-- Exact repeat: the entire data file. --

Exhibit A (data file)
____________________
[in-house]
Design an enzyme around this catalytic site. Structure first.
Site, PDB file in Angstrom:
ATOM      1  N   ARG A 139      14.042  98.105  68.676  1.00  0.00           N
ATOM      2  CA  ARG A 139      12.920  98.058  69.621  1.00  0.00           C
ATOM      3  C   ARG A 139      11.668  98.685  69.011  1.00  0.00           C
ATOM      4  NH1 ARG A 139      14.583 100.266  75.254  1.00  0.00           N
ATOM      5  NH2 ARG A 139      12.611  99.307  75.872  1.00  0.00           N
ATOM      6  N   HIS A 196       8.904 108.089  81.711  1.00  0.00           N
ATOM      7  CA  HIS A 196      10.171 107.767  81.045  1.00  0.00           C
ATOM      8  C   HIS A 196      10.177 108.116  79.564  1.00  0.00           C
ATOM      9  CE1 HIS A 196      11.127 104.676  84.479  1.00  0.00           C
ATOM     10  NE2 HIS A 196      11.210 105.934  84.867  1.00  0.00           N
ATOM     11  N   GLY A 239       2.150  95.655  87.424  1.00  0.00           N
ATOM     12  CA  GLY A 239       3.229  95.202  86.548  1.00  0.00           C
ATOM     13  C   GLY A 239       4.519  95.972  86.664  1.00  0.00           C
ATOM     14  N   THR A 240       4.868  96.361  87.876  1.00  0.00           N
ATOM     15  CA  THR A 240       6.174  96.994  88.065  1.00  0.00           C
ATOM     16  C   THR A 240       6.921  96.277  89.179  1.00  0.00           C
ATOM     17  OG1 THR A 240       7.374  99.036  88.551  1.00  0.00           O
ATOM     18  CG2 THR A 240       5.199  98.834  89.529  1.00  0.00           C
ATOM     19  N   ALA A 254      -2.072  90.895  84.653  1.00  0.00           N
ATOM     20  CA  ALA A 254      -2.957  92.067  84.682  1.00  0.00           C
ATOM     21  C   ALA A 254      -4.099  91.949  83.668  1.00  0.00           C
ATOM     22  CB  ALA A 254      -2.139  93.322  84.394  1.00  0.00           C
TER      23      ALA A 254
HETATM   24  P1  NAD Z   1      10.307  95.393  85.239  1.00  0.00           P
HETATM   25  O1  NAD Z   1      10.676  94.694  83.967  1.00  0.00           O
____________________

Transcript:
[in-house]
Design an enzyme around this catalytic site. Structure first.
Site, PDB file in Angstrom:
ATOM      1  N   ARG A 139      14.042  98.105  68.676  1.00  0.00           N
ATOM      2  CA  ARG A 139      12.920  98.058  69.621  1.00  0.00           C
ATOM      3  C   ARG A 139      11.668  98.685  69.011  1.00  0.00           C
ATOM      4  NH1 ARG A 139      14.583 100.266  75.254  1.00  0.00           N
ATOM      5  NH2 ARG A 139      12.611  99.307  75.872  1.00  0.00           N
ATOM      6  N   HIS A 196       8.904 108.089  81.711  1.00  0.00           N
ATOM      7  CA  HIS A 196      10.171 107.767  81.045  1.00  0.00           C
ATOM      8  C   HIS A 196      10.177 108.116  79.564  1.00  0.00           C
ATOM      9  CE1 HIS A 196      11.127 104.676  84.479  1.00  0.00           C
ATOM     10  NE2 HIS A 196      11.210 105.934  84.867  1.00  0.00           N
ATOM     11  N   GLY A 239       2.150  95.655  87.424  1.00  0.00           N
ATOM     12  CA  GLY A 239       3.229  95.202  86.548  1.00  0.00           C
ATOM     13  C   GLY A 239       4.519  95.972  86.664  1.00  0.00           C
ATOM     14  N   THR A 240       4.868  96.361  87.876  1.00  0.00           N
ATOM     15  CA  THR A 240       6.174  96.994  88.065  1.00  0.00           C
ATOM     16  C   THR A 240       6.921  96.277  89.179  1.00  0.00           C
ATOM     17  OG1 THR A 240       7.374  99.036  88.551  1.00  0.00           O
ATOM     18  CG2 THR A 240       5.199  98.834  89.529  1.00  0.00           C
ATOM     19  N   ALA A 254      -2.072  90.895  84.653  1.00  0.00           N
ATOM     20  CA  ALA A 254      -2.957  92.067  84.682  1.00  0.00           C
ATOM     21  C   ALA A 254      -4.099  91.949  83.668  1.00  0.00           C
ATOM     22  CB  ALA A 254      -2.139  93.322  84.394  1.00  0.00           C
TER      23      ALA A 254
HETATM   24  P1  NAD Z   1      10.307  95.393  85.239  1.00  0.00           P
HETATM   25  O1  NAD Z   1      10.676  94.694  83.967  1.00  0.00           O